Marketing isn’t what it used to be, and Steve Lesnard, who recently took over as CMO at The North Face, is one of those leading a new generation of marketing practices.
At one time, mass marketing was king. Companies delivered the same message to a wide audience via media such as television and magazines. With the technology choices available today, marketing is more targeted.
Today’s marketing is more than just advertising. And it’s more than just using new technologies and media to reach your potential customers.
Technology is vital, but what really matters for Steve Lesnard is building a brand that understands its customers and relates to them in a personal fashion. Here are three tips from Lesnard on how to do that.
Brand Marketing Tip: Companies with a Strong Purpose Stand Out
The North Faces sells outdoor and mountaineering clothing and equipment, but its brand purpose runs deeper than peddling product. Its purpose is to inspire adventurers and provide equipment to live out those inspirations. With that kind of central purpose, it follows naturally that The North Face is also committed to preserving the outdoor environment for generations to come.
It’s not enough to state a commitment; the brand has to live it. For example, The North Face works with its suppliers to reduce manufacturing waste and contamination. Also, its latest New York flagship store features reclaimed woods and low volatile organic compound (VOC) paints.
Steven Lesnard is willing to take risks to make it clear what The North Face brand stands for. Earlier in 2020, The North Face boycotted and pulled its advertising from Facebook because of Facebook’s reluctance to confront misinformation and hate speech on its site. It became the first major brand to align with the “Stop Hate for Profit” campaign. After two months, The North Face resumed Facebook advertising when Facebook expressed a willingness to dialog about fixing the problems.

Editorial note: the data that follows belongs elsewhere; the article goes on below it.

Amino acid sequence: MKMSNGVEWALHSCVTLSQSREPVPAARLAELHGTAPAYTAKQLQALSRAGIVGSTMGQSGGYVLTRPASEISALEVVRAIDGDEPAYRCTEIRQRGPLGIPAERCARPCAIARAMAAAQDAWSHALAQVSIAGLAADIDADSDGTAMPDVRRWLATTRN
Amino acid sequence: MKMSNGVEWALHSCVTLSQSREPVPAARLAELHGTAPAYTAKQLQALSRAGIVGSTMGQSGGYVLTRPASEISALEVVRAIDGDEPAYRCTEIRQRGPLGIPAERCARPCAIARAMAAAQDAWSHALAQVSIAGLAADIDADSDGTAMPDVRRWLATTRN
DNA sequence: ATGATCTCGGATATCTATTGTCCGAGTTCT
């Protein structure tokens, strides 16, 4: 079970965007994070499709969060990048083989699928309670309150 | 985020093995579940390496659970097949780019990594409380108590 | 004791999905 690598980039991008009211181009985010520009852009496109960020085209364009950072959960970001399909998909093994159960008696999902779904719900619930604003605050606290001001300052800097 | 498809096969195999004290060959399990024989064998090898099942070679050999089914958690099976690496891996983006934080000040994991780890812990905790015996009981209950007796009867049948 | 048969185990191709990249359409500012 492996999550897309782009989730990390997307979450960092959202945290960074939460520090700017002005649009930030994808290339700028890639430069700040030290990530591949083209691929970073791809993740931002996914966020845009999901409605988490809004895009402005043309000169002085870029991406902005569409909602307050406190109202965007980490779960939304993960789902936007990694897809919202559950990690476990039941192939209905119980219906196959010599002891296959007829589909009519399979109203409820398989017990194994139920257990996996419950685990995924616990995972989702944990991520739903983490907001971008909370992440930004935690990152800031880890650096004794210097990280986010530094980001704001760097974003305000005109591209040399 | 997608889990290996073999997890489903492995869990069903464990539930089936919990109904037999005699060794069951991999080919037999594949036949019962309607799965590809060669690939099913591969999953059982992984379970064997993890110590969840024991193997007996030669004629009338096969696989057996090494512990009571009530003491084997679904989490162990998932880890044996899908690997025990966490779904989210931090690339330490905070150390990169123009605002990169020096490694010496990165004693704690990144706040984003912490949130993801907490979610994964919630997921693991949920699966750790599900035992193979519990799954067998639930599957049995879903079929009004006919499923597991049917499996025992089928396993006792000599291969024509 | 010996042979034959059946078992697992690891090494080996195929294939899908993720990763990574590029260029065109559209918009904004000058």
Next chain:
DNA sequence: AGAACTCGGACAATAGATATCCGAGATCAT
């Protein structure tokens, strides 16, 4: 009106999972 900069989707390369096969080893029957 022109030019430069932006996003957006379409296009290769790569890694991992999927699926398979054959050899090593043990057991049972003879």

Brand Marketing Tip: Add Value, Build Trust, Inspire Loyalty
Today consumers have no patience with insincerity. A short-term tactic aimed solely at boosting sales won’t support long-term brand success. A brand must show customers it can provide value and make customers’ lives better. It has to earn customers’ trust and make them comfortable supporting the brand over the years.
With its in-store expedition guides and its simulated basecamp, The North Face shows it can make adventure possible and provide the tools for the customer’s next trip and also the ones after that.
However, the customer-friendly store wouldn’t go far without product to back it up. The North Face’s latest clothing material is Futurelight, a super-thin fabric designed to be both waterproof and breathable. Lesnard contends that the best way to make a brand sustainable is to build a product that lasts a lifetime, which is what Futurelight is manufactured to do.
Brand Marketing Tip: Personalization at Scale
According to Steve Lesnard, this means offering the right product to the right person at the right time. To do this, it’s vital to know the customer, so you can give them, as Lesnard says, “exactly what they want, when they want it, and how they want it.”
There’s more opportunity than ever to capture customer information, but personalization at scale requires not just generic facts but an understanding of their desires and aspirations. At The North Face, this means responding to how customers want to use outdoor gear by providing in-store instruction and experiences.
About Steve Lesnard
Steve Lesnard enjoys martial arts, running, snowboarding, kite surfing and any activity that gives him time outdoors. He lives in Denver with his wife and three children.